Author : John E. Charalambakis
Date : July 1, 2010
In our posting last week we pointed to the fact that while monetary reserves are rising, money supply is contracting due to the inability of banks to identify credit-worthy customers, and/or due to the anorexia of customers to accumulate more debt. The debt explosion via the business of securitizing debt instruments (such as worthless CDOs, CLOs, CDSs, etc) is at the core of the financial crisis.
The balance sheets of the banks were full of these worthless assets, and thus those banks had to be bailed out by governments and central banks around the world.
Since the summer of 2007 when the tremors and the crisis started central banks have become the buyers of last resort of these paper “assets”. They buy these toxic assets in exchange for cash reserves credited to the banks’ balance sheets. The cash-rich banks also play a nice carry- trade game by buying government bonds using zero rate loans obtained from central banks.
No wonder their profits are increasing. Our young kids can make money this way! It’s called a truly free lunch that inevitably will lead to a “tragedy of the commons,” where the fatter cows will eat the thinner ones. This time seems to be truly different!
The Securitization Forum in Europe published some astonishing numbers last week. Before the crisis started, Eurozone banks were buying 95% of those securitized instruments. Now, they are buying less than 5%.Who buys the rest 95%? You guessed right. The European Central Bank (ECB)!
Moreover, while prior to the crisis the securitization business in Europe approximated $700 billion (roughly 500 billion Euros at the then exchange rate), nowadays the securitization business barely reaches $37 billion. The market for securitization remains frozen, and we have not seen anything yet. The combination of over-extended customers, customers’ anorexia for debt instruments, austerity programs, the impending central banks’ suspension of acquiring toxic assets, as well as an environment of bubble awareness and risk-aversion, will inevitably lead to frozen credit markets, possibly as early as late summer of this year or as late as mid 2011.
In the United States, the picture seems to be pretty much the same. The Fed has bought over $1.25 trillion of securitized instruments. Estimates are that the securitization business touched every “asset” and transformed it into an instrument. No wonder that trillions of dollars were securitized, sliced and sold as AAA instruments to a hungry public (both institutional and private) that was seeking alternative investments and possibly better returns. Cheap credit was flowing around. The credit was used to buy those instruments which in turn fueled the creation of more paper “assets” that could be used as collateral for loans, which in turn were securitized and sold as tranches to investors who… (I am sure you get the picture). Prosperity has been bought on credit until the postman rings the bell for a second time and possibly a third time.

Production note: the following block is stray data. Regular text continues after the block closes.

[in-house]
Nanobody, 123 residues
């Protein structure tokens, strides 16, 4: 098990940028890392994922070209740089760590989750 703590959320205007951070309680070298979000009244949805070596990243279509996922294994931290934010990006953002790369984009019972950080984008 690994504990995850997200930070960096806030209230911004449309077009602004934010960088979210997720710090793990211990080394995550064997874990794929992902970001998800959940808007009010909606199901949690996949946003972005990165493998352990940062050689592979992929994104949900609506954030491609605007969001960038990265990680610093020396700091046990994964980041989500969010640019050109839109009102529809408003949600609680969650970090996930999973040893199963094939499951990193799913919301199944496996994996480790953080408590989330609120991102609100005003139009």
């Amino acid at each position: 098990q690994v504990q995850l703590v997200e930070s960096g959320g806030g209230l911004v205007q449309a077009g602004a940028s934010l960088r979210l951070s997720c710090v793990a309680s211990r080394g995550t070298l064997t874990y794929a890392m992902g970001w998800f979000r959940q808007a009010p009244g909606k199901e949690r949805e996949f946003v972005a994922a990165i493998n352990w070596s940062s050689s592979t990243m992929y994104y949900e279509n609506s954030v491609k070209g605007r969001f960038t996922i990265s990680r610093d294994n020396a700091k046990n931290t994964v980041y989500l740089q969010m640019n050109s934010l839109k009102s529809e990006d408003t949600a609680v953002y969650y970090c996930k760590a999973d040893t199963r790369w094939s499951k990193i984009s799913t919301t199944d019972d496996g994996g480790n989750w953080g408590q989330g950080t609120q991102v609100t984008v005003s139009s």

The following tables and graphs show the securitization data for the US and the EU for the last decade.
We believe the story is clear. The securitization market is frozen and things will get worse as governments implement austerity measures and as central banks suspend their acquisitions of toxic assets. The flight to quality helps governments to refinance their debts (at least some of them); however, to our Chinese concerns expressed on p.1 of our June newsletter, we would add the following: The re-introduced controlled-flexibility of the Chinese currency (RMB) may provide incentives for speculative capital to flow into China in anticipation of a RMB revaluation, similar to the one experienced between mid 2005 and July 2008, when the RMB appreciated by more than 20% against the dollar. Such an inflow may destabilize the Chinese economy, create further bubbles in those markets, and also become a source of inflationary pressures. The speculative capital bets on the assumption that the RMB is undervalued. The flood of speculative capital may undermine the Chinese central bank’s monetary policy. Between mid 2005 and July 2008, more than 600 billion dollars worth of speculative capital flooded the Chinese market (this was in addition to the $500 billion that was already flowing due to exports). In such a scenario, Chinese currency reserves will explode, creating asset allocation problems, inflating prices, and distorting capital decisions.
The Chinese central bank is sending messages that the RMB flexibility is a two-way bet implying that it may actually depreciate against the dollar (as it did on Tuesday June 22), thus trying to mitigate the risk of a speculative flood of hot money. We reckon that the Chinese need the funds in order to stabilize a shaky market in equities, real estate, and business spending. If the global economy goes into recession, China may devalue, funds will start flowing out of China, deflating its economy and growth prospects while tightening its credit and liquidity positions, and as things worsen, create havoc for those fund managers that rushed into the Chinese market. The ensuing outflows from China could destabilize the global economy.
It is shaping up as an exciting ride!